An UMSL Student’s Guide to Halloween
Written By: Dana Pierson
Halloween is this Saturday and St. Louis is taking part in the festivities. Below is a historical feature on why Halloween is celebrated (especially in America) and St. Louis’ more spooky side.
October 31st was the Eve of the Celtic New Year. Patrons would celebrate the Feast of Samhain (Lord of the Dead) on this day; they would bake goods to be scattered throughout town for Samhain’s ghosts to find. This day also marked the end of the harvest yield and that winter was coming. All Hallow’s Day was also to be celebrated before the Catholic observation of All Saints Day.
Immigrants from Celtic regions (Ireland, Wales, Scotland) brought their All Hallow’s Day or Halloween traditions to America around the 1840s. Today American schools will hold festivals, neighborhoods will hold block parties, and children in costumes will “Trick-or-Treat” (collecting candy) in honor of this holiday.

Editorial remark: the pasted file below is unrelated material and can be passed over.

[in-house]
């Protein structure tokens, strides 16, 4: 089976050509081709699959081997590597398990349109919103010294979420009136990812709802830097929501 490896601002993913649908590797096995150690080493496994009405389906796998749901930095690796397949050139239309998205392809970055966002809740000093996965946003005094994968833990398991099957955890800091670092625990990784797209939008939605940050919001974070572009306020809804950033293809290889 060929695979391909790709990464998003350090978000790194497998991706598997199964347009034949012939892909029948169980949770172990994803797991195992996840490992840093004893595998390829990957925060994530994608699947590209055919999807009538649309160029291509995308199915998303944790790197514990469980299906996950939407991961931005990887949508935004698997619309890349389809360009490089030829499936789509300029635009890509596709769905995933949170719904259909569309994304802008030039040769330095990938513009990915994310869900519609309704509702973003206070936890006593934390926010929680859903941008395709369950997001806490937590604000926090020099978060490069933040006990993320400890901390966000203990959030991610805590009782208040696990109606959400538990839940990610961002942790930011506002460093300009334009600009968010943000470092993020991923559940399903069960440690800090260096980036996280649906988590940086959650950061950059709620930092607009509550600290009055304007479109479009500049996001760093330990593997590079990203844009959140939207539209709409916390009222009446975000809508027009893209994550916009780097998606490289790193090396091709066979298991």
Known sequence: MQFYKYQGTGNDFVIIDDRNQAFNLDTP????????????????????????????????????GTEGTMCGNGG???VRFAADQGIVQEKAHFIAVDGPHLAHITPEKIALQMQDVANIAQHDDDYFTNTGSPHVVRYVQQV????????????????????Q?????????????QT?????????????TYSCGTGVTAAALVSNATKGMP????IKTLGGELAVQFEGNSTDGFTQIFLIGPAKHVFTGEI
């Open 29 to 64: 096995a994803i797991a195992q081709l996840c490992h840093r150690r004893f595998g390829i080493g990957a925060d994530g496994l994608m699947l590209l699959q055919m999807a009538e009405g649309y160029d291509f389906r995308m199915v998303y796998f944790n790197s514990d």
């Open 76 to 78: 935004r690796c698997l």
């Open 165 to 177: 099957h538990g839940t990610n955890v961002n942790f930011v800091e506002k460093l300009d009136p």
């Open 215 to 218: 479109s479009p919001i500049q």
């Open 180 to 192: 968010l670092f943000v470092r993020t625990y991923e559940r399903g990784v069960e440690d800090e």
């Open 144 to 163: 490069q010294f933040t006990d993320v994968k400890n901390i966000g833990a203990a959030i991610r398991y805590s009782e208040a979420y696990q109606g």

From January to April of 1949, a demon-like-nature seemed to plague a young 14-year-old boy. Now this might sound like the fabrications of Hollywood; however, this event and date has been documented in St. Louis history. These events inspired William Peter Blatty’s 1971 novel The Exorcist and 1973 classic movie of the same title. Blatty’s renditions are highly fictionalized (with the setting changing to Washington D.C. and a demon’s victim being that of a 12-year-old girl).
Although St. Louis is the backdrop of these events (but not for The Exorcist rendition), it’s fascinating to note the location of the suburban home that the boy was first brought to. The home has been known to sit within the Bel Nor neighborhood – less than a mile away from the future site of the University of Missouri-St. Louis, which was founded in 1963. Hard to believe such a famous haunting occurred so close to campus. If scary movies are more your thing, try watching the classic horror film it inspired, 1973’s The Exorcist. But don’t say we didn’t warn you!
From the UMSL Global Team, we hope you have a safe and happy Halloween!
Because of you, our annual Pumpkin Carving Event was a success!